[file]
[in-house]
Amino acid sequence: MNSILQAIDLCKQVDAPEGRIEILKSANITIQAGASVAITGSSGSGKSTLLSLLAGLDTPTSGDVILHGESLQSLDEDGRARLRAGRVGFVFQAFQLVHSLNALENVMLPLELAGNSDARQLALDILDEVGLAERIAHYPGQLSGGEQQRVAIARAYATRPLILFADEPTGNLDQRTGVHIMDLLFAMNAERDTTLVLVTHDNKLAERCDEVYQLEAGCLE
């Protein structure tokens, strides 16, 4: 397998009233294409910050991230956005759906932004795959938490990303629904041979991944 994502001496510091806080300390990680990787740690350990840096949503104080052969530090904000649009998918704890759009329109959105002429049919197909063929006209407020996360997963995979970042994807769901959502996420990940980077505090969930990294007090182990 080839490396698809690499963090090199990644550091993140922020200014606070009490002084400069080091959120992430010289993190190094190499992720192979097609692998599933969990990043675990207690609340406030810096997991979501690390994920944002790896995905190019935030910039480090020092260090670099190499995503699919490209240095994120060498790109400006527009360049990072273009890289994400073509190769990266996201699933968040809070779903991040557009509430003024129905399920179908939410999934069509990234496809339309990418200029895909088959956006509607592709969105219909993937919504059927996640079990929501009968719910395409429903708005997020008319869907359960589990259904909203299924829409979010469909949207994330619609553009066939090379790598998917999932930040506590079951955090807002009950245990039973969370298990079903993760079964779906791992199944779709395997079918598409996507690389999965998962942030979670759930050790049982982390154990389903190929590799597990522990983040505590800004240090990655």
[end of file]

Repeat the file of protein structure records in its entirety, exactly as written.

[in-house]
Amino acid sequence: MNSILQAIDLCKQVDAPEGRIEILKSANITIQAGASVAITGSSGSGKSTLLSLLAGLDTPTSGDVILHGESLQSLDEDGRARLRAGRVGFVFQAFQLVHSLNALENVMLPLELAGNSDARQLALDILDEVGLAERIAHYPGQLSGGEQQRVAIARAYATRPLILFADEPTGNLDQRTGVHIMDLLFAMNAERDTTLVLVTHDNKLAERCDEVYQLEAGCLE
């Protein structure tokens, strides 16, 4: 397998009233294409910050991230956005759906932004795959938490990303629904041979991944 994502001496510091806080300390990680990787740690350990840096949503104080052969530090904000649009998918704890759009329109959105002429049919197909063929006209407020996360997963995979970042994807769901959502996420990940980077505090969930990294007090182990 080839490396698809690499963090090199990644550091993140922020200014606070009490002084400069080091959120992430010289993190190094190499992720192979097609692998599933969990990043675990207690609340406030810096997991979501690390994920944002790896995905190019935030910039480090020092260090670099190499995503699919490209240095994120060498790109400006527009360049990072273009890289994400073509190769990266996201699933968040809070779903991040557009509430003024129905399920179908939410999934069509990234496809339309990418200029895909088959956006509607592709969105219909993937919504059927996640079990929501009968719910395409429903708005997020008319869907359960589990259904909203299924829409979010469909949207994330619609553009066939090379790598998917999932930040506590079951955090807002009950245990039973969370298990079903993760079964779906791992199944779709395997079918598409996507690389999965998962942030979670759930050790049982982390154990389903190929590799597990522990983040505590800004240090990655």